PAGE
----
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I am thinking of writing a recursive function in scala that concatenate the string for n times. My code is below:

def repeat(s: String, n: Int): String = {
   if(n==1) s

Is it possible that I did not use "+" properly? But the "+" is indeed a sign of concatenation, as I was originally trying

def repeat(s: String, n: Int): String = {
if(n==1) s

That repeats my string 2^n times

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What's the question? –  Brian Jan 21 at 23:37
a recursive function in scala that concatenate the string for n times.def repeat(s: String, n: Int): –  Jiaju Shen Jan 21 at 23:38
Your code works for me (as long as n >= 1). Does it not work for you? Please explain. –  Dan Getz Jan 21 at 23:50
s+repeat(s,n-1) does not work. The program aborts on eclipse. –  Jiaju Shen Jan 21 at 23:57
Alright, so your code overflows the stack when you use a large number for n. That means it's not tail recursive, so look at flavian's answer and/or read up on tail recursion. –  Dan Getz Jan 22 at 0:09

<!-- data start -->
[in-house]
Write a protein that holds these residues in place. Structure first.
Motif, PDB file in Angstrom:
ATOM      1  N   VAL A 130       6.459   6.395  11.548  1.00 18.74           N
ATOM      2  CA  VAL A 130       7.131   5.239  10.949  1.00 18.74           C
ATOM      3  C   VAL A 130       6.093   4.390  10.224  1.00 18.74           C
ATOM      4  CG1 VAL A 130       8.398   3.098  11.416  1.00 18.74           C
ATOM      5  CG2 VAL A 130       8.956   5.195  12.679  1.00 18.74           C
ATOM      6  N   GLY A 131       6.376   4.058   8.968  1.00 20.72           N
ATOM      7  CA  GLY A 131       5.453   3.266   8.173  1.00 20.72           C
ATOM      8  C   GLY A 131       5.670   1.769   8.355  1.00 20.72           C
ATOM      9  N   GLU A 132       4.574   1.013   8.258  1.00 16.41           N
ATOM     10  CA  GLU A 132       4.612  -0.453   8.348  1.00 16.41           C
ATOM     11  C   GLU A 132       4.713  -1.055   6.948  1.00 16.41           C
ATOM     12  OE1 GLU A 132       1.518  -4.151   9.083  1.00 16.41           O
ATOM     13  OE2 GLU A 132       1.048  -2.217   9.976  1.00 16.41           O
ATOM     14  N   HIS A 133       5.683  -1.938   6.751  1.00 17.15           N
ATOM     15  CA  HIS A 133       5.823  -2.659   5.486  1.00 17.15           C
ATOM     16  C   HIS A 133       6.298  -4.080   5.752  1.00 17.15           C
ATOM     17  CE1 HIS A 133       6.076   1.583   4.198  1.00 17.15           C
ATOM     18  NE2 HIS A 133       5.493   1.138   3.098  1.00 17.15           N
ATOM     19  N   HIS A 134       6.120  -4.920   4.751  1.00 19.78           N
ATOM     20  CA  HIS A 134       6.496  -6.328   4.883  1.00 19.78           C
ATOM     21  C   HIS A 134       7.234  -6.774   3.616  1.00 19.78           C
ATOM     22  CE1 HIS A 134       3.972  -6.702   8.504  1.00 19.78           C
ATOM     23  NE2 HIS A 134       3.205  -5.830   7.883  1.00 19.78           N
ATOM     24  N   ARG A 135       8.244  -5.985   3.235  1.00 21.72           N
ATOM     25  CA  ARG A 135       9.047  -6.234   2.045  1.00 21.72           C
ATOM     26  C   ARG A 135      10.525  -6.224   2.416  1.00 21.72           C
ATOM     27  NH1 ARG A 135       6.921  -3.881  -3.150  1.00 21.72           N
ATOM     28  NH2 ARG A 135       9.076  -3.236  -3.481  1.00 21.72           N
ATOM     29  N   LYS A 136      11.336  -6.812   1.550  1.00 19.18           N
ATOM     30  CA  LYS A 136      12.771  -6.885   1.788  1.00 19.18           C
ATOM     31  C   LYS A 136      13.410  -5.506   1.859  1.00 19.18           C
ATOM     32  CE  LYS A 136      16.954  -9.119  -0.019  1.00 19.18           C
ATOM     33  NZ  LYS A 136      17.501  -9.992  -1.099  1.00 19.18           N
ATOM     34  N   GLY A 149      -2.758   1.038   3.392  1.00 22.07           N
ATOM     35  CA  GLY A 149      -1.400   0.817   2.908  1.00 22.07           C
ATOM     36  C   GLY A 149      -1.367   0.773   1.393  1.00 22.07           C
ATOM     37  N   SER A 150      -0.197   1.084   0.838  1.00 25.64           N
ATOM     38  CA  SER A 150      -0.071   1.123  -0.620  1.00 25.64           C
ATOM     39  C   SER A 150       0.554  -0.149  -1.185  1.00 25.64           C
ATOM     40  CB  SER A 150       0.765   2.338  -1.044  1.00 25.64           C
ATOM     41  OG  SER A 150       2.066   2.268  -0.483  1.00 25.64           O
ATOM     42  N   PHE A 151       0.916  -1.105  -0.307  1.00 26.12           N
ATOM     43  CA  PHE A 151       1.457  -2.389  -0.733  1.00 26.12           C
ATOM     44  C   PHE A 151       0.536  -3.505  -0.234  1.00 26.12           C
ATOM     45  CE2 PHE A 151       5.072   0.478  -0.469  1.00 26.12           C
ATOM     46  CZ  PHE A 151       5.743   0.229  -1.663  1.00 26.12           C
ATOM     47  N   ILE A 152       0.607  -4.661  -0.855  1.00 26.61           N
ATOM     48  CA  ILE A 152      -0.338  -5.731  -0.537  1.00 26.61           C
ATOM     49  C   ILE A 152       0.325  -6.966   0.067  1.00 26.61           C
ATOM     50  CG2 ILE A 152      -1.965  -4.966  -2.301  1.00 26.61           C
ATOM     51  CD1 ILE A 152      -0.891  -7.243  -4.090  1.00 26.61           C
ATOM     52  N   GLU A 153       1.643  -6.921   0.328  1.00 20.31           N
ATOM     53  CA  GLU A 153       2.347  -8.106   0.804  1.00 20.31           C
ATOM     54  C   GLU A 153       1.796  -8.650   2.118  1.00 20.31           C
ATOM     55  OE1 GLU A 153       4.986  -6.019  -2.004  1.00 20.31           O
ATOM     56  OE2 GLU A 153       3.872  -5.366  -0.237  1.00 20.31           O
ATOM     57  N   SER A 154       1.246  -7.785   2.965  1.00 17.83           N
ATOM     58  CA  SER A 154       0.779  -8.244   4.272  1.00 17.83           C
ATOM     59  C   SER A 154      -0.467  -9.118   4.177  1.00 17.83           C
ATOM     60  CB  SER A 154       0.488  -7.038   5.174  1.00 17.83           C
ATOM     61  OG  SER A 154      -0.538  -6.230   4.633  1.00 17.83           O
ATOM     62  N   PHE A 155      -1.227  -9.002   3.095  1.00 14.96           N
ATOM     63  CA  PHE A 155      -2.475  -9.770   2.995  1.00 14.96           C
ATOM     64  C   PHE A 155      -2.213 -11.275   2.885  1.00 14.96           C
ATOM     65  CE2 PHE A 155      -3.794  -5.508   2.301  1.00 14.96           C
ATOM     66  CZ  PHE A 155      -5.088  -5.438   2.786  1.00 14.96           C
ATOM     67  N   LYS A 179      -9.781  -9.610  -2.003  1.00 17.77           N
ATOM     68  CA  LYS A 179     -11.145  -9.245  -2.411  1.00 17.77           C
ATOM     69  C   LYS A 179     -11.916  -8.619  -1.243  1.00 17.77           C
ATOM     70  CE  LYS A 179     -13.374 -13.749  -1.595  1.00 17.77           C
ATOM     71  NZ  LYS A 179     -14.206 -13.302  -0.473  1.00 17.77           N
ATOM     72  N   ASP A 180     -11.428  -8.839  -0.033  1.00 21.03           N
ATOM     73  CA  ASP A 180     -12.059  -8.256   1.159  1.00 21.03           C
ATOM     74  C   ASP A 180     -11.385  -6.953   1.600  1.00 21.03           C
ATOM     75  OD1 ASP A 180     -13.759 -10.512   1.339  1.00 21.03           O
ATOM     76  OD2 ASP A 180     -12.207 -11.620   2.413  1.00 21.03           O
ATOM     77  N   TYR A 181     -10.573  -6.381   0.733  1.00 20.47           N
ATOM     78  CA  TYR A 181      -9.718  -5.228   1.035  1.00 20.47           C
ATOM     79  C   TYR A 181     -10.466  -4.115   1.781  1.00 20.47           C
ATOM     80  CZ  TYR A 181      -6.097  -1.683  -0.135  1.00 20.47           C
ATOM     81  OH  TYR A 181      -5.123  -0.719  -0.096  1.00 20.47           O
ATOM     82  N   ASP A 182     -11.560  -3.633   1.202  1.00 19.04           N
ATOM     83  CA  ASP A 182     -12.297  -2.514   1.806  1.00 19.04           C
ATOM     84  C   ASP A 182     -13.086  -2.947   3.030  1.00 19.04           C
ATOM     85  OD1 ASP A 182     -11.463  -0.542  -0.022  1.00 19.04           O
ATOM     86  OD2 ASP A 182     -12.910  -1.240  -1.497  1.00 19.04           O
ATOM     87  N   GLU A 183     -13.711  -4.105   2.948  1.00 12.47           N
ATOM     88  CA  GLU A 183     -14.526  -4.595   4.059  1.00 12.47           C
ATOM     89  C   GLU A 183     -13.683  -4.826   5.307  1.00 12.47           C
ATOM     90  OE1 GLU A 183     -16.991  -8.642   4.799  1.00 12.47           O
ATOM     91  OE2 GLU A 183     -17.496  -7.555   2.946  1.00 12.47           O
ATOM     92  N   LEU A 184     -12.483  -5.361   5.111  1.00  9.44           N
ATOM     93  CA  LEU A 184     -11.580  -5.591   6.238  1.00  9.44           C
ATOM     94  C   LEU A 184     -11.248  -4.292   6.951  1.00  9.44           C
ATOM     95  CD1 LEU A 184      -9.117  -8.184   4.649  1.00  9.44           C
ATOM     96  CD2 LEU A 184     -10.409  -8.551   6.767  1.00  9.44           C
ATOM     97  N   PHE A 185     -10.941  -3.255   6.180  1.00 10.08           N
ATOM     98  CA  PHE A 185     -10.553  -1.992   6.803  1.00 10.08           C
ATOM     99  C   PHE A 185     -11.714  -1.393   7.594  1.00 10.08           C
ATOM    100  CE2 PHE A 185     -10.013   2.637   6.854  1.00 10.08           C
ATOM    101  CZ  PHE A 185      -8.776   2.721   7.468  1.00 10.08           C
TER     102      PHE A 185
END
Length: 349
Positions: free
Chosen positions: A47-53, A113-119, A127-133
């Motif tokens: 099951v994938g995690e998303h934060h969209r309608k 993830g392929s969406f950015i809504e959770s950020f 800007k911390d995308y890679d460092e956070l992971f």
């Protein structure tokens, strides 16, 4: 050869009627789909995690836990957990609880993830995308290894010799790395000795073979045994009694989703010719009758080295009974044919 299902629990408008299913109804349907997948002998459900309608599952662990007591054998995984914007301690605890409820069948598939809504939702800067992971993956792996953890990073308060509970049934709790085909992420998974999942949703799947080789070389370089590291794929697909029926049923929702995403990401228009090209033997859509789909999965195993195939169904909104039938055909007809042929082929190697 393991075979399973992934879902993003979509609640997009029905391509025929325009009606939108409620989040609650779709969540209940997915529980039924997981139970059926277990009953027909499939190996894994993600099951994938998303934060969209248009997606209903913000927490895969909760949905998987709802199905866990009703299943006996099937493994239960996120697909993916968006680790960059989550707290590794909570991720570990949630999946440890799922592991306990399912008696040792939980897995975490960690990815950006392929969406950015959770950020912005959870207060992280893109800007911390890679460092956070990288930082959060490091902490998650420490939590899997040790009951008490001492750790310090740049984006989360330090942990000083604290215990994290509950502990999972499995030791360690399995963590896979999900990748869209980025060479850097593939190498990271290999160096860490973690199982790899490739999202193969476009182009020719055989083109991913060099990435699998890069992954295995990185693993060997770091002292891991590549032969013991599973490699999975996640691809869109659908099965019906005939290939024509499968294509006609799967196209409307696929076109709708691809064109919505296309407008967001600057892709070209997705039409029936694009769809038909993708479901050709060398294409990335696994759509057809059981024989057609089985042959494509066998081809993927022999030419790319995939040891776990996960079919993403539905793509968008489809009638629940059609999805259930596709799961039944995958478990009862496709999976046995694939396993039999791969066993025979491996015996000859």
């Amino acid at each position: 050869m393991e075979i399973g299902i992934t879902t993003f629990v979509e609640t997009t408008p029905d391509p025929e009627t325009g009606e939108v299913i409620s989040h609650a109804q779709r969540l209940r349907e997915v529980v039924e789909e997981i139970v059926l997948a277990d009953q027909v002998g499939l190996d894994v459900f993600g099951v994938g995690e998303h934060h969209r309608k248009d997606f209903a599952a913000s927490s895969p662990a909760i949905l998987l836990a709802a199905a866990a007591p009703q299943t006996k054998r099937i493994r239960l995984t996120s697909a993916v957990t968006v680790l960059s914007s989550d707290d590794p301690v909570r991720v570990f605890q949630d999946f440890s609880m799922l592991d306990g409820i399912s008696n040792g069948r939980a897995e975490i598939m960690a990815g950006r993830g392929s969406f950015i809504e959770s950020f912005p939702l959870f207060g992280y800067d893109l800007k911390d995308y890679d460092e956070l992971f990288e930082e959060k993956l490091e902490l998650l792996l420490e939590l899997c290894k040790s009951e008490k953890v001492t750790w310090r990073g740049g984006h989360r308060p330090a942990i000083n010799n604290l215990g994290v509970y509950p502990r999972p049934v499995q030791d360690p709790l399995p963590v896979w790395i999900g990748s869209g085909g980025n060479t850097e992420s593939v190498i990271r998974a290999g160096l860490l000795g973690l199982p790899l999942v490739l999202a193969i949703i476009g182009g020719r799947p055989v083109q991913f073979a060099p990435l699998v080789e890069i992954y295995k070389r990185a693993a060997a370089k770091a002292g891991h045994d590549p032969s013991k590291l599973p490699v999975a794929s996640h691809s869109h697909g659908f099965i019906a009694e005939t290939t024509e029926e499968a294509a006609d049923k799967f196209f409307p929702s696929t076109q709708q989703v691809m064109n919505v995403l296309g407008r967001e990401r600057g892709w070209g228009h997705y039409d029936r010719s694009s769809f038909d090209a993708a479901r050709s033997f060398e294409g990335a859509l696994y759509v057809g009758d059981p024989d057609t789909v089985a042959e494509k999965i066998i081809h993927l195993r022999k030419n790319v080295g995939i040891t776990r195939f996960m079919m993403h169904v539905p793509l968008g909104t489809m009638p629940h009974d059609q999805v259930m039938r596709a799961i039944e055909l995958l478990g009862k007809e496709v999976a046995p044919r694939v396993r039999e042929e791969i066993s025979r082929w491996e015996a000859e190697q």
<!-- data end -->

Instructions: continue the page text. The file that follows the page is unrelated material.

3 Answers 3

up vote 3 down vote accepted
final def repeat(s: String, n: Int, ss: String = ""): String = {
    if (n == 0) ss else repeat(s, n - 1, ss + s)
repeat("test", 5)
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Your first version is NOT tail recursive.

It has to call itself and then prepends s. For tail recursion the very last expression must be the self-call. This means it'll blow the stack for large values of n

The second version is tail recursive.

Put @annotation.tailrec before both definitions, and the compiler will throw an error where it can't perform tail-call optimisation.

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A simple approach that bypasses recursion,

def repeat(s: String, n: Int) = s * n


scala> repeat("mystring",3)
res0: String = mystringmystringmystring

This function may be rewritten into a recursive form for instance as follows,

def re(s: String, n: Int): String  = n match {
  case m if (m <= 0) => ""
  case 1 => s
  case m => s + re(s,n-1)

Note the uses of + and * operators on String.

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